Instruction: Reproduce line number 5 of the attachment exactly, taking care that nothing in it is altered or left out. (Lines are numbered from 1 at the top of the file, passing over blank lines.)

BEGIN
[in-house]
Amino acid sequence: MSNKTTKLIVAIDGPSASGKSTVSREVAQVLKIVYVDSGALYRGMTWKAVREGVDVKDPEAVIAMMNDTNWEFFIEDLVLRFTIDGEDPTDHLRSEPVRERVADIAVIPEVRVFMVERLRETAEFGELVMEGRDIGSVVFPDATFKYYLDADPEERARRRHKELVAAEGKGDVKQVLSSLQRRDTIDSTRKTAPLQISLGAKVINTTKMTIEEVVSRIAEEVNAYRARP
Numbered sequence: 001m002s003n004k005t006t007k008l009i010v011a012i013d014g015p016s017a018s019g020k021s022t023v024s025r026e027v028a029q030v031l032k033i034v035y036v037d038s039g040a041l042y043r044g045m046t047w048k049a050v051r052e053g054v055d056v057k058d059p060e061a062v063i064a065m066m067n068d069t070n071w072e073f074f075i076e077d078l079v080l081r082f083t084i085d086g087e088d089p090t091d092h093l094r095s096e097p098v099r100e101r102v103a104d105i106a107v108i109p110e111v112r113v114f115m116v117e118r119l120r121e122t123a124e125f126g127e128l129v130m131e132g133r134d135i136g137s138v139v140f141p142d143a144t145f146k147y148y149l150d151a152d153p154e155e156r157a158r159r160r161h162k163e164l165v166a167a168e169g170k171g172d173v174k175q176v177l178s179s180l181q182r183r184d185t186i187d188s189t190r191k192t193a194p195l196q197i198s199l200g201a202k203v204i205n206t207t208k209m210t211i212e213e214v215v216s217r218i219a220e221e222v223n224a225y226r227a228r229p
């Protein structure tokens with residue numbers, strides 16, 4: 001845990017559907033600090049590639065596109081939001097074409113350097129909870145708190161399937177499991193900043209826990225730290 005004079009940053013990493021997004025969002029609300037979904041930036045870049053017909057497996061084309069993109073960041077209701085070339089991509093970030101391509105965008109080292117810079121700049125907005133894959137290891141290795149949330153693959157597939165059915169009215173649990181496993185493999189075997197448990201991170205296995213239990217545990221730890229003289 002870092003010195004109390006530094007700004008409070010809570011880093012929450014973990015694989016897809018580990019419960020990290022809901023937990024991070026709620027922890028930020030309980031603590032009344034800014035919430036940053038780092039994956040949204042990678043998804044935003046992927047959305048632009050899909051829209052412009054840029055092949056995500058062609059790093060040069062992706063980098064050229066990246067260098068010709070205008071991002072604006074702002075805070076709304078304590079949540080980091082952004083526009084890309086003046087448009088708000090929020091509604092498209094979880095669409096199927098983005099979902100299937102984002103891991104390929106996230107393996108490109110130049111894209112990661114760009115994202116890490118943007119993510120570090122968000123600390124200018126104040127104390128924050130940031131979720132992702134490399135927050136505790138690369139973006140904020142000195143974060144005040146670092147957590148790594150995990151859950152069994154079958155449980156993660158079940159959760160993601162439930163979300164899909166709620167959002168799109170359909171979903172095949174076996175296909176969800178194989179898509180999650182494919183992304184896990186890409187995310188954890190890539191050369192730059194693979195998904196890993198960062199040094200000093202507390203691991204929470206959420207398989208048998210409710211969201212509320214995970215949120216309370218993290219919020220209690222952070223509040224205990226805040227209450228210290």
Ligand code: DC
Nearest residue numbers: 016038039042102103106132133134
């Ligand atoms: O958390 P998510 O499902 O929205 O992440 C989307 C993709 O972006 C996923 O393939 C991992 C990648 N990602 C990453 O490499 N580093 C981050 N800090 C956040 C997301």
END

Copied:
Ligand code: DC